PUBLICATIONS

Press Releases

A History of African Civilizations (2019) – Press Release

Essays by Prof. Manu Ampim

  • “Ra-Hotep and Nefret: Modern Forgeries in the Cairo Museum?” Egypt: Child of Africa, Edited by Ivan Van Sertima (1994)
  • “African Voyeges to the Americas Before Columbus” The SAGE Encyclopedia of African Cultural Heritage in North America. Edited by Mwalimu J. Shujaa and Kenya J. Shujaa
  • “Olmec Civilization: Africans in Ancient America” The SAGE Encyclopedia of African Cultural Heritage

-VANISHING EVIDENCE ESSAYS –

Exhibit on Inaccurate Images

The Case of the Merowe Dam in Sudan

King Tut Fraud Alert (2005 Update)

Racial Identity in Sudan

THE VANISHING EVIDENCE OF 
CLASSICAL  AFRICAN  CIVILIZATIONS:
“A 2001 Update”

Part 1: Temple Evidence

Part 2: Tomb Evidence

Part 3: Museum Evidence


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MALCOLM  X  &  THE  4 PHASES: A  GUIDELINE  FOR  YOUTH

By Prof. Manu Ampim

Malcolm X (1925-1965) is an important U.S. political figure in the mid-20th century, as his life and legacy have received significant international attention.   Malcolm X’s political work in the 1950s-1960s has been discussed in countless forums, enacted in plays, written about in numerous essays and books, and shown in a number of movies and documentaries.  There have also been many buildings, streets, libraries, community centers, colleges, and even children named after Malcolm.  His Autobiography is required reading in a number of high school and college classes in North America and Britain.  Although, there has been extraordinary attention on Malcolm X’s  political ideas and philosophy, yet the question of how does his life and legacy specifically relate to the development of Black youth has not been effectively addressed.  Many Black youth are exposed to crime and drugs, and a large number of them end up as statistics in the juvenile and adult prison system.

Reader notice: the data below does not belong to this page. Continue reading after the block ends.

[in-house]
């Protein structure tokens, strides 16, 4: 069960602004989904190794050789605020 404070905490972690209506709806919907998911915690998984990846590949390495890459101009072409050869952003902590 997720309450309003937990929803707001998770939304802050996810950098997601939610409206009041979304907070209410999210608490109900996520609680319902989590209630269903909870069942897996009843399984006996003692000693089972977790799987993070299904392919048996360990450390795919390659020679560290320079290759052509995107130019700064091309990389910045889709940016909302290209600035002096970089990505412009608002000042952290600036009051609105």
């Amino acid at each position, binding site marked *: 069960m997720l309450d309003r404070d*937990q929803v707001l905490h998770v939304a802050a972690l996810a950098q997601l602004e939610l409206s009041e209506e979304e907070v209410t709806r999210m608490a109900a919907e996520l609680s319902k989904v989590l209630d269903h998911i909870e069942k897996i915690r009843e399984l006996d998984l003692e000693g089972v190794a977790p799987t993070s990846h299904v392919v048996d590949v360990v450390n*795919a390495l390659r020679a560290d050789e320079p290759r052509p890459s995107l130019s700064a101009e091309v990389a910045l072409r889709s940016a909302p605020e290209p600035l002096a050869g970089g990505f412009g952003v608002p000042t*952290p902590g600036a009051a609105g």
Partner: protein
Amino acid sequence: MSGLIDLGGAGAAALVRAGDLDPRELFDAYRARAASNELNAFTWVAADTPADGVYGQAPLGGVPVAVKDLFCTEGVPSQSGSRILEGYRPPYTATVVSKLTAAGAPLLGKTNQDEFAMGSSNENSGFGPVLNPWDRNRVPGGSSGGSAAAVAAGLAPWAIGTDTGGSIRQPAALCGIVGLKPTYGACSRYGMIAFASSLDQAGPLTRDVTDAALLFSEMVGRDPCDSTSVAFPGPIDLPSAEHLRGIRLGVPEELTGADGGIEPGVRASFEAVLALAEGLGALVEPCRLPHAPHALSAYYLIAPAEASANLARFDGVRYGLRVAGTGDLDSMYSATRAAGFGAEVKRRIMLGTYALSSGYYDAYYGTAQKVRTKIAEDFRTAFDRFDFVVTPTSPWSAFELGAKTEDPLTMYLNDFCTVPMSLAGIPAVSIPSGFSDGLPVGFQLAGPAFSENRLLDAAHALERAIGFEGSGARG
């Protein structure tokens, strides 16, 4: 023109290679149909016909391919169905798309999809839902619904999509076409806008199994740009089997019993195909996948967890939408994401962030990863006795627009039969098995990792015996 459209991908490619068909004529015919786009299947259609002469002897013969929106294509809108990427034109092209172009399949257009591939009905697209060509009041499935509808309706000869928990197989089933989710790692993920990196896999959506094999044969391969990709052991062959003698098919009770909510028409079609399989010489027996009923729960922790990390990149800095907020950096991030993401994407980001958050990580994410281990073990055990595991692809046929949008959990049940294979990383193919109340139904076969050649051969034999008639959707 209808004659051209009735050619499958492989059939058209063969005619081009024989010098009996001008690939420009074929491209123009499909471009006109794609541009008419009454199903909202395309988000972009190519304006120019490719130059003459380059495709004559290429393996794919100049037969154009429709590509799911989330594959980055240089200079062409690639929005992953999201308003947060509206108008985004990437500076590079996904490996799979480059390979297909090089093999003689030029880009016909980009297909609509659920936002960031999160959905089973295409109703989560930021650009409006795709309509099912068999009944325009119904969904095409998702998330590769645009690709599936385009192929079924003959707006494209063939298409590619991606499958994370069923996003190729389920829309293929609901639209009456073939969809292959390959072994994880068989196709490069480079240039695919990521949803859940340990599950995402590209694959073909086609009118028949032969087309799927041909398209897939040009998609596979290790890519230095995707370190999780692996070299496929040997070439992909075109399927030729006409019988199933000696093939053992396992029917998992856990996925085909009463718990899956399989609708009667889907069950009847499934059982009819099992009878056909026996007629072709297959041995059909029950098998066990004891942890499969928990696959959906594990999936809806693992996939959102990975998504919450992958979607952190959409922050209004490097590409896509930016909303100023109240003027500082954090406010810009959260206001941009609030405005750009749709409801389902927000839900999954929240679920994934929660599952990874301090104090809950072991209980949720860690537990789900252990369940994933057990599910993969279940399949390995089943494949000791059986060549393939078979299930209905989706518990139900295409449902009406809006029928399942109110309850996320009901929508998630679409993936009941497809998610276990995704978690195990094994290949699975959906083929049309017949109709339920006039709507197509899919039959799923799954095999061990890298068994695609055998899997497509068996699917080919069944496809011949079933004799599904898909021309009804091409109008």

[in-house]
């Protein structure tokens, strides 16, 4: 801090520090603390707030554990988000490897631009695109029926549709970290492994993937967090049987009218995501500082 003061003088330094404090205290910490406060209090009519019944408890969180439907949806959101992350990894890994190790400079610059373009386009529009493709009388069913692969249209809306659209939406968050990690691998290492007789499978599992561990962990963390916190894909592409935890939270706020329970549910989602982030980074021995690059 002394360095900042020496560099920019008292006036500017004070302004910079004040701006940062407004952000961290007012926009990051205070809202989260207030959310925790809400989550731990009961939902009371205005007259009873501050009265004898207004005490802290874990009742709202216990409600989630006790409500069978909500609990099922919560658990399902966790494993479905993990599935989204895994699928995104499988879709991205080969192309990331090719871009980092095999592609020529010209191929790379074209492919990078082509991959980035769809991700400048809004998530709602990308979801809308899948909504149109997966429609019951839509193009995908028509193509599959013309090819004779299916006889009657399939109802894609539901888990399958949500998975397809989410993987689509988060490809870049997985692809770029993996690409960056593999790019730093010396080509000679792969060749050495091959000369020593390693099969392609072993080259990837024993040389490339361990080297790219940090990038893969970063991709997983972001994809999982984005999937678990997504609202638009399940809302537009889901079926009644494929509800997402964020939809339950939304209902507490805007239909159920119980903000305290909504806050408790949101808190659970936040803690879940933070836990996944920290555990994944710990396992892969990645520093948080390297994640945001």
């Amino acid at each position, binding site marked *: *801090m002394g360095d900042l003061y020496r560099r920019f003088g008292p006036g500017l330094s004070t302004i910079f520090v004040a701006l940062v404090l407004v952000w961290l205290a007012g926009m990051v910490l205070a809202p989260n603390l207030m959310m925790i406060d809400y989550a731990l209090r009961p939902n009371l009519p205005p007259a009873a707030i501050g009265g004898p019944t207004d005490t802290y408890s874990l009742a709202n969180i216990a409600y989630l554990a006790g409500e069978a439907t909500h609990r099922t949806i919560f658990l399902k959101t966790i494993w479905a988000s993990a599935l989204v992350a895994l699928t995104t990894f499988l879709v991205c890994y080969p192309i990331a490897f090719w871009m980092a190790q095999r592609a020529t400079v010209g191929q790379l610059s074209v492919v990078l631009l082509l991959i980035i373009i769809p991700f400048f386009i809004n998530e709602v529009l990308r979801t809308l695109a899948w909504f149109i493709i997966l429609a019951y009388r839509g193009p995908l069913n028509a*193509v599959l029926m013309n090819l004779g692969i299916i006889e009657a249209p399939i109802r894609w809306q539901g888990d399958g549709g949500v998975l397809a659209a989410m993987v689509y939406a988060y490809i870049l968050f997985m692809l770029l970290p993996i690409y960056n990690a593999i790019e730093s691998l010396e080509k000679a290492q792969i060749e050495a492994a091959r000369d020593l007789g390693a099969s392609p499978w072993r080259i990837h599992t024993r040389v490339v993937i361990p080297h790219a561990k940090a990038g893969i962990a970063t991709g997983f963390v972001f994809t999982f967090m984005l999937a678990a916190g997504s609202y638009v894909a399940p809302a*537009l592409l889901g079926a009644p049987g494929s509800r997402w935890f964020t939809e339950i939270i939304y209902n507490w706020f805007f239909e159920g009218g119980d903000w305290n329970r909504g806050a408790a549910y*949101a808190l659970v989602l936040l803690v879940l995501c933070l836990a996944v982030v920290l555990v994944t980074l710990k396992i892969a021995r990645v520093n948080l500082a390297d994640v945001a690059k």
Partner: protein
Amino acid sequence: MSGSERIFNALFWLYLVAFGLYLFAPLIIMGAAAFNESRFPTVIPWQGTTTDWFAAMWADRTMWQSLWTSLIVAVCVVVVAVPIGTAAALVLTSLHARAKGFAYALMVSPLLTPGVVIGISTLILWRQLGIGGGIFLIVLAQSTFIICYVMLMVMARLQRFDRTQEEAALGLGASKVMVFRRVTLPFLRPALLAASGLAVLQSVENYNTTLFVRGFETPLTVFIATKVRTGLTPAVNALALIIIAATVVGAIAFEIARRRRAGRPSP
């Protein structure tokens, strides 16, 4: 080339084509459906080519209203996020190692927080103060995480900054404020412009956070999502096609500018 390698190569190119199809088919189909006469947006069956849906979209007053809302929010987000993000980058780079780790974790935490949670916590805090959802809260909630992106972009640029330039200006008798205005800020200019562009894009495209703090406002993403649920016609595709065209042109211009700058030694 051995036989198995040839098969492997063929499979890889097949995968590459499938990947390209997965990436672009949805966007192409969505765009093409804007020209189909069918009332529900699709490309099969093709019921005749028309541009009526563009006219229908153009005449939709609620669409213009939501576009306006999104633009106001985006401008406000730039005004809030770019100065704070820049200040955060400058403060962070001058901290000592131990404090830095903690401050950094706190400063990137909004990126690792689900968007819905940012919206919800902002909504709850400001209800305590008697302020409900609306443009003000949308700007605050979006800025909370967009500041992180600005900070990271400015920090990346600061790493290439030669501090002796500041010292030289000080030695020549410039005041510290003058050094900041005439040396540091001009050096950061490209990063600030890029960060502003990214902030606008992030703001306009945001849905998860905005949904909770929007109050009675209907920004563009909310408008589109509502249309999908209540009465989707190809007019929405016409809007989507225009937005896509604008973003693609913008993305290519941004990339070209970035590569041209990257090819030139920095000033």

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Imba Huru (Great Enclosure wall)

GREAT  ZIMBABWE: A History Almost Forgotten

By Prof. Manu Ampim, May 2004

MEANING: The name “Zimbabwe” is variously translated from the Shona language to mean “sacred house,” “venerated houses,” “houses of stone,” “ritual seat of the king,” “court,” or “home or grave of the chief.”


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Ukilu ceremony (bull jumping) among the Hamer and Kara (Karo). An important marriage rite of passing we witnessed during the 2019 SNP Field Research. Damo, is jumping a series of bulls 4x in a Hamer village.

The  Five  Major African  Initiation Rites

There are five major African initiation rites which are fundamental to human growth and development.  These rites were originally established by African ancestors while they were living in order to link the individual to the community and the community to the broader and more potent spiritual world.  Initiation rites are a natural and necessary part of a community, as are arms and legs natural and necessary extension of the human body.  These rites are critical to individual and community development, and it should not to be taken for granted that people automatically grow and develop into responsible, community-oriented adults. 

By Prof. Manu Ampim, Sept. 2003


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A  DIFFERENT  PERSPECTIVE  ON THE NONVIOLENT TRADITION

By Prof. Manu Ampim

Henry David Thoreau, Mohandas K. Gandhi, Dr. Rev. Martin Luther King, Jr.

“I do believe that where there is only a choice between cowardice and violence, I would advise violence. …I took part in the Boer War, the so-called Zulu Rebellion and the late War [WWI}.  Hence, also do I advocate training in arms for those who believe in the method of violence.  I would rather have India resort to arms in order to defence her honour than that she would, in a cowardly manner, become or remain a helpless witness to her own dishonour.” – Mohandas K. Gandhi 


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DR. MARTIN LUTHER KING, JR. SUPPORTED BLACK POWER

By Prof. Manu Ampim

There have been consistently glaring omissions by biographers of Martin Luther King concerning his statements embracing Black Power as a concept.  The focus usually has been on his statements rejecting Black Power as a slogan, without making the distinction that King himself made between Black Power as a concept and program on the one hand, and the use of the phrase as a slogan on the other.


Why Study African History

By Prof. Manu Ampim

  1. Self-knowledge is the basis (foundation) of self-identity and self-respect.